HUDSON — The meatloaf on the country-style buffet line at the Show Palace Dinner Theatre's opening night of Honky Tonk Laundry was terrific.
The show? Not so much.
Not that it doesn't have possibilities. It features some of country's best songs — One Good Friend, Long Time Gone, Maybe Next Time He'll Think Before He Cheats, Queen of Denial — to name a few.
And it's not that the singers aren't good. Bridgette Karl, who plays lovesick Katie Lane Murphy, and Millicent Hunnicutt, who plays laundry owner Lana Mae Hopkins in this two-woman show, are terrific singers.
It's just that their voices and their styles are better suited to belting Broadway songs, not country music and its unique lilting, often husky, contralto or mezzo-soprano, heartache sound. Think Dolly Parton (My Potential New Boyfriend), Pam Tillis (Queen of Denial), The Dixie Chicks (Long Time Gone), Trisha Yearwood (Heaven, Heartache), Reba McEntire (Take It Back) or Terri Clark (I Want You to Smile), and you get the idea.
Not a soprano nor a belter in the bunch. And not a single northern or midwestern accent (not that there's anything wrong with a northern or midwestern accent). Director Matthew Belopavlovich should have brought in a speech coach to help his players get that southern twang for the dialogue as well as the lyrics. Or perhaps found some singers who could do Deep South and/or country girl naturally.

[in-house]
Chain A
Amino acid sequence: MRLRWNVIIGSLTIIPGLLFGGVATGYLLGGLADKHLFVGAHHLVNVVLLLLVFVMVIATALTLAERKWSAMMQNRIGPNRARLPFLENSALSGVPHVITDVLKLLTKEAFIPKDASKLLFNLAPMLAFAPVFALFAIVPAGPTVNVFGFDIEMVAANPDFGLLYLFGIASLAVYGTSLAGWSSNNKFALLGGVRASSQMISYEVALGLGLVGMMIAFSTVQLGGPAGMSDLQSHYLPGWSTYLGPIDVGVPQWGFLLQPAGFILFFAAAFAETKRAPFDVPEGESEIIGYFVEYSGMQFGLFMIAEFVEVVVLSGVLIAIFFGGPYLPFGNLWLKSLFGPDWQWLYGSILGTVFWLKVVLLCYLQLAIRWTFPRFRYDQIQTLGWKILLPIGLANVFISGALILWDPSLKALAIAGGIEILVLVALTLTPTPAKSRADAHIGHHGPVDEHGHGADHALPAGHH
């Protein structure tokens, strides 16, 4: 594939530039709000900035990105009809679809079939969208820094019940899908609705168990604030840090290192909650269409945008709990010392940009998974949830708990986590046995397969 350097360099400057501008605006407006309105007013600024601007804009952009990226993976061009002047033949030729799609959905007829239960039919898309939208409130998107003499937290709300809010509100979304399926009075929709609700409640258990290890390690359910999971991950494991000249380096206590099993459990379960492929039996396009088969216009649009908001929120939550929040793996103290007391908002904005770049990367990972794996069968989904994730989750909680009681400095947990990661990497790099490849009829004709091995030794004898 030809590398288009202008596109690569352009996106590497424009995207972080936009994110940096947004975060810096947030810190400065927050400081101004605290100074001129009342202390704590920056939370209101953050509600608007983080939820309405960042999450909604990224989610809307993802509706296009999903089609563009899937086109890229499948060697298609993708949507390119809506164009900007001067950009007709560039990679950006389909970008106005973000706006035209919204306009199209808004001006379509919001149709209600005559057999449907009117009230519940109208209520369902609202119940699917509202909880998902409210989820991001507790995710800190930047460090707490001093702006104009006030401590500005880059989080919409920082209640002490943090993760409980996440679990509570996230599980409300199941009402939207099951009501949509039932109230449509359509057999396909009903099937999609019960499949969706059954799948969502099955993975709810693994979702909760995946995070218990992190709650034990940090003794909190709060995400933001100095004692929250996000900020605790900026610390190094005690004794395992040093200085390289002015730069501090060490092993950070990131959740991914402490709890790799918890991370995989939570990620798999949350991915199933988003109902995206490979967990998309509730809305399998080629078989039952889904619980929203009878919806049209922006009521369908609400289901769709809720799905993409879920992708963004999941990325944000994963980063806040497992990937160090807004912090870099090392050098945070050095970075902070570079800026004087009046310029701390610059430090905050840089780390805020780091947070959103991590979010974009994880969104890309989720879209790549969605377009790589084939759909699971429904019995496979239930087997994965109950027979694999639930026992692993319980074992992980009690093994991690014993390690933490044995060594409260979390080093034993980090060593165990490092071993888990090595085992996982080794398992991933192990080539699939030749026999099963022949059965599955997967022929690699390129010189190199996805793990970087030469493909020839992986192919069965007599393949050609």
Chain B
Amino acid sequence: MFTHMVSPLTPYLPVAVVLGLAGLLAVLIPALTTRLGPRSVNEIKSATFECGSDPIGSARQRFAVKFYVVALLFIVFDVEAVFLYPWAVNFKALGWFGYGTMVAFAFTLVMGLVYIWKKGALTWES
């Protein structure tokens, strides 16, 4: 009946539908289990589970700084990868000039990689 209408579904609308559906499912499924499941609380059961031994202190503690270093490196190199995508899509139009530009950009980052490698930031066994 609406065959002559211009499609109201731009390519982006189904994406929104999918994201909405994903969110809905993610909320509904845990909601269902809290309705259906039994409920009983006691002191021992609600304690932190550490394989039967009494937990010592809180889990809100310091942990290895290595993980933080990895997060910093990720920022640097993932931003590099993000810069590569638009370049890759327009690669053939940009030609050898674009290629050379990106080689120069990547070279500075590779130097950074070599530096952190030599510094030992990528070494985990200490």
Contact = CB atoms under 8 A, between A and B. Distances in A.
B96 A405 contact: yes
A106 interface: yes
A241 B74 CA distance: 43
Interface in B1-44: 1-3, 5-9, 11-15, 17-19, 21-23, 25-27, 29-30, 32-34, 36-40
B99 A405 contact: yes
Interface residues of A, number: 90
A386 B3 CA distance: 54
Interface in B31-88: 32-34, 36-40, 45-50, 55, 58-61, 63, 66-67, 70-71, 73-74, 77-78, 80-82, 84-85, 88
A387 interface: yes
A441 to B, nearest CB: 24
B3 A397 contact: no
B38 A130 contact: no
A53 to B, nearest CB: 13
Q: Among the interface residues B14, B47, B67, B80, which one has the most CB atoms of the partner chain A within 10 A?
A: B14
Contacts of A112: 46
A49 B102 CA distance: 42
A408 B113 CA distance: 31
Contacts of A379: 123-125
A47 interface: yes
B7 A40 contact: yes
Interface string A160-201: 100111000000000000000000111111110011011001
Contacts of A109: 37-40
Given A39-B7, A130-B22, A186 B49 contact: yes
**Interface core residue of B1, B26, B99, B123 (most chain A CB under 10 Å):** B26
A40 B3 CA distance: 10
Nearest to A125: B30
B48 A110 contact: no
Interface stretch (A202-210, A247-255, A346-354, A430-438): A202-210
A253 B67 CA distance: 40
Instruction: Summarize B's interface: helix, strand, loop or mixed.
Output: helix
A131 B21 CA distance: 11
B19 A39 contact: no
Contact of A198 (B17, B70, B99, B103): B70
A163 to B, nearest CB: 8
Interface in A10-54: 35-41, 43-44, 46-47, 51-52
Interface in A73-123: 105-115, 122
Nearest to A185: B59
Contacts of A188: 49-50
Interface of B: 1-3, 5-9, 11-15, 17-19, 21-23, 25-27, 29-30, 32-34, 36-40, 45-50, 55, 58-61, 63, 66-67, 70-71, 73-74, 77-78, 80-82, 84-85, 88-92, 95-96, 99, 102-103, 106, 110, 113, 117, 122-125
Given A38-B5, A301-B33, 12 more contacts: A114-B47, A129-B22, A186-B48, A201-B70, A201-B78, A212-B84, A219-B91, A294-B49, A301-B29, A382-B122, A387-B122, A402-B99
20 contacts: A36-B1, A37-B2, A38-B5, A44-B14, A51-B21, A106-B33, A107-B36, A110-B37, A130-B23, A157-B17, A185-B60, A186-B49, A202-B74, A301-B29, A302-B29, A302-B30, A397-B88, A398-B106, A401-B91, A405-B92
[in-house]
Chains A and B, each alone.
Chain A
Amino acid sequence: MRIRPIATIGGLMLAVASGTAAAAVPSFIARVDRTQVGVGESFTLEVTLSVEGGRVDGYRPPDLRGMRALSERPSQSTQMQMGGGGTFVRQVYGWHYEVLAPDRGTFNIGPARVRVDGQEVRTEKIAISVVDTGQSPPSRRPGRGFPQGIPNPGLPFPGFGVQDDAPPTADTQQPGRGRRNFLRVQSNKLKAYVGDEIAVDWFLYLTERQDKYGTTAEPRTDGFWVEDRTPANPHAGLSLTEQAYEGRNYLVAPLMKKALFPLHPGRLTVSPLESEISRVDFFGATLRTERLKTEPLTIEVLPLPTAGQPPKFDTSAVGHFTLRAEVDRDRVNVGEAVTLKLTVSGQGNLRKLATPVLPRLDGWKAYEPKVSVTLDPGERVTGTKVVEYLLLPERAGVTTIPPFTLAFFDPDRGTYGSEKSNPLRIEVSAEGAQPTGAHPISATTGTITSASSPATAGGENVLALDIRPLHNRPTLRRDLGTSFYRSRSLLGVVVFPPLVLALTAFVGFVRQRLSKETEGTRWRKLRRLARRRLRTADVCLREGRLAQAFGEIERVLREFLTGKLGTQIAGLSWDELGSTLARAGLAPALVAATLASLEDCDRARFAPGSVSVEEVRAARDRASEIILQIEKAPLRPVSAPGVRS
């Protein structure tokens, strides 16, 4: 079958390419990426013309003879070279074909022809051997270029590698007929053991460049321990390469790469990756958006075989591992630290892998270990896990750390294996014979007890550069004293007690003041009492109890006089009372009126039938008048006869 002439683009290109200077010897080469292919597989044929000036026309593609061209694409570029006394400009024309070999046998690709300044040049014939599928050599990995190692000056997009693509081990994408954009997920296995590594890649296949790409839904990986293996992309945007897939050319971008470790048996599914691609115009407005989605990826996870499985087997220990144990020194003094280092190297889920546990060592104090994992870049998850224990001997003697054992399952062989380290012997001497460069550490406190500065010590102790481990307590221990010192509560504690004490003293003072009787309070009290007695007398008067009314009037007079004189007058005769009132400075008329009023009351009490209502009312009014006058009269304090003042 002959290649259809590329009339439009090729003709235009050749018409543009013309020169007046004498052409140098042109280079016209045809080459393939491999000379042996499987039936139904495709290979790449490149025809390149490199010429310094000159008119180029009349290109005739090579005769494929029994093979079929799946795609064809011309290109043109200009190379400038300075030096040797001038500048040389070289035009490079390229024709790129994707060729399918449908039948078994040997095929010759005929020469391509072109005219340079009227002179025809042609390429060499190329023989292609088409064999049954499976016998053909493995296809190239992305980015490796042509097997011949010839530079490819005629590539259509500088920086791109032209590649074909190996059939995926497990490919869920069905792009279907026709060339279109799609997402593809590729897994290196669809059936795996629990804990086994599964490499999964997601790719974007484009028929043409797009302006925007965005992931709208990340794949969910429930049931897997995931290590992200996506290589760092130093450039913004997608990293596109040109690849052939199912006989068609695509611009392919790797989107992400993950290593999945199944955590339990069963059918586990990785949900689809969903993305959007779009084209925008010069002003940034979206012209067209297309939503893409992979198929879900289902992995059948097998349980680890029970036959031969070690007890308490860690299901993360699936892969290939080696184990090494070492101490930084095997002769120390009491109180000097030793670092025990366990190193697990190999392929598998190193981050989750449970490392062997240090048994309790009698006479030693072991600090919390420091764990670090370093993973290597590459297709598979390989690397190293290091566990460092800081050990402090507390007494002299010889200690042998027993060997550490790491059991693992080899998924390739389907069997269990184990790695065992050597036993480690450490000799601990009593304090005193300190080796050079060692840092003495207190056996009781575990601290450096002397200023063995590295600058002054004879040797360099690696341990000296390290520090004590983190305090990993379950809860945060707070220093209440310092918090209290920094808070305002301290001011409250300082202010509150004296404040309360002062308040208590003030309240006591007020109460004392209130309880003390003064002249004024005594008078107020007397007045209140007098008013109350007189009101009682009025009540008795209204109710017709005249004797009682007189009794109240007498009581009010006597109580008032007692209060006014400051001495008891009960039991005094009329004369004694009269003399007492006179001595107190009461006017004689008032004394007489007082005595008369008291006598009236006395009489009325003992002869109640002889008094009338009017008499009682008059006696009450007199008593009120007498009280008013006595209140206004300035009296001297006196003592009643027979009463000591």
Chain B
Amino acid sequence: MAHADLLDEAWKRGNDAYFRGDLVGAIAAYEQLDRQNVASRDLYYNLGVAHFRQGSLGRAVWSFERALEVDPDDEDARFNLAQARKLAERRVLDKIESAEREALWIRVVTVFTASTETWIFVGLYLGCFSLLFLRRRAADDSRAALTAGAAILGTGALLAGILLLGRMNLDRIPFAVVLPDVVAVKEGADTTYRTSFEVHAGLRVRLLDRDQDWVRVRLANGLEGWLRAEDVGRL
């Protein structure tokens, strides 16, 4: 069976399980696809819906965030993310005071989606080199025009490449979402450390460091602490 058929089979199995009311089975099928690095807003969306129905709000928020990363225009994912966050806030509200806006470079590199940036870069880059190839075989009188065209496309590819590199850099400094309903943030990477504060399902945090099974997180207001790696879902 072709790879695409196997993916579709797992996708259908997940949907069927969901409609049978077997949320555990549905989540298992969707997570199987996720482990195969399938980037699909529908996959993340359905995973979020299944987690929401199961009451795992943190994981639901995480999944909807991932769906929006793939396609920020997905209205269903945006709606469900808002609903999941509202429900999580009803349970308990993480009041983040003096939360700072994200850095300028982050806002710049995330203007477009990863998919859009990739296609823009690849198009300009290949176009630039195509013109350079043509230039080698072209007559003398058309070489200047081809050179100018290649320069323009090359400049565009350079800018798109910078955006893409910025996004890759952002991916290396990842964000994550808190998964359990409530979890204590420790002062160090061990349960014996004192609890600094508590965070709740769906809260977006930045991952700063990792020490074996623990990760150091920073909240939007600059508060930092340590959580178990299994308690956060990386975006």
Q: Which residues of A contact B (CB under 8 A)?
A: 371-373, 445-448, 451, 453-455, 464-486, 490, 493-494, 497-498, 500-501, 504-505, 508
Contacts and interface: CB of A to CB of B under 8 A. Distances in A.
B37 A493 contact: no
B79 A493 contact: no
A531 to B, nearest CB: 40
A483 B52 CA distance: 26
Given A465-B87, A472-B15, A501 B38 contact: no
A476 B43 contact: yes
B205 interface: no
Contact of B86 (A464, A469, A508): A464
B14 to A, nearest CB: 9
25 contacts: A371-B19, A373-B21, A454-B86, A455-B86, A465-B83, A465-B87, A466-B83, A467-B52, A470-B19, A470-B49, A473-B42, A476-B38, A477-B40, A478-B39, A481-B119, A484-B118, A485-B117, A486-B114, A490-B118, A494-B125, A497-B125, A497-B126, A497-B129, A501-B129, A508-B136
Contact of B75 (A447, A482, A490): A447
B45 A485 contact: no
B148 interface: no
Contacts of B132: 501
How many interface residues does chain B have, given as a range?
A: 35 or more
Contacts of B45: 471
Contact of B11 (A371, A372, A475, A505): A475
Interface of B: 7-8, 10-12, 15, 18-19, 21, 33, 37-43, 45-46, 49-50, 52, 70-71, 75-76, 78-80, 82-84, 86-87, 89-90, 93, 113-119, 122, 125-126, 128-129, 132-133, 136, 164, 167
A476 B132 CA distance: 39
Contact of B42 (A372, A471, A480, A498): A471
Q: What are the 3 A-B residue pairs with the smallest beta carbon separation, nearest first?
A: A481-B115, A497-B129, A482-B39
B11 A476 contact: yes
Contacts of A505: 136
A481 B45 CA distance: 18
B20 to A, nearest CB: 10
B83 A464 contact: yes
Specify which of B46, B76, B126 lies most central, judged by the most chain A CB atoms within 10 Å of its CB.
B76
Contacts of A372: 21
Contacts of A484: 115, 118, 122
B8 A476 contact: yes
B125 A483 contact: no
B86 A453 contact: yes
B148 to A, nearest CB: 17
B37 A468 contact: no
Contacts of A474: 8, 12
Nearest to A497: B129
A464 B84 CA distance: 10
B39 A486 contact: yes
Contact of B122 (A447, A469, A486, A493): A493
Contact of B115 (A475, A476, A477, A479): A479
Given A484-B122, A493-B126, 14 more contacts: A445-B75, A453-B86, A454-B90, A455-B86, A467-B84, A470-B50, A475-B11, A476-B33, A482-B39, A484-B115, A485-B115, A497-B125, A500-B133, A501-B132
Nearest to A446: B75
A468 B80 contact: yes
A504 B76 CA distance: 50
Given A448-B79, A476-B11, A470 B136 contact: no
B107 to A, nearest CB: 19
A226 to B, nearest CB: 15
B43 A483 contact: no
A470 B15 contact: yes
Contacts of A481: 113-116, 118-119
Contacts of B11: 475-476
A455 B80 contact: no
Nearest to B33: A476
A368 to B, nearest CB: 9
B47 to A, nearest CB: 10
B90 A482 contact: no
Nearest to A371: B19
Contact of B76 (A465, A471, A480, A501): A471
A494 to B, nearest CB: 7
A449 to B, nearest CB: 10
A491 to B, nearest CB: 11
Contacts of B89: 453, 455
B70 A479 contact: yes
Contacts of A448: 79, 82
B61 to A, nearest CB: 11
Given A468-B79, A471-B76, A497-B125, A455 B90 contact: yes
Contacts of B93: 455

Neither Karl nor Hunnicutt has the sound, timbre, nor accent that makes country music what it is and why it is so beloved.
The music track isn't much help. It carries the melody, but doesn't have enough of that wailing fiddle, slide guitar or guitar twang that epitomizes country music. And neither the sound track, nor the singers, have that hesitant timing (think Willie Nelson) that so many great country music singers have. In short, country music doesn't lend itself to straight Broadway interpretation.
Though a few of the songs are familiar to casual country music listeners, like These Boots Are Made for Walkin' and Stand By Your Man, most are by more contemporary artists that not everyone in the audience recognized. The brief bow to traditional artists Loretta Lynn, the late Patsy Cline and Tammy Wynette are done as much as parody as they are as panegyric.
Honky Tonk Laundry has a slight story line familiar to country music — no-good, two-timing men and vengeful women. And even though Hunnicutt's Lana Mae gets off some down-home zingers, there is nary a fresh, new one among them ("... nervous as a cat in a room full of rocking chairs"? Come on, now.) Karl does some energetic renditions of the newer songs, but they still don't have that country feel.
And one more gripe: The interplay with the audience seems forced and awkward.
Playwright Roger Bean has done some pretty good stuff — The Marvelous Wonderettes comes to mind. But Honky Tonk Laundry is unique and demands unique handling, which it doesn't get here.
That said, Todd Everest created a good-looking set, and light and sound designer Michael Sessa did a good job with both.
And, gee, that meatloaf was powerful good.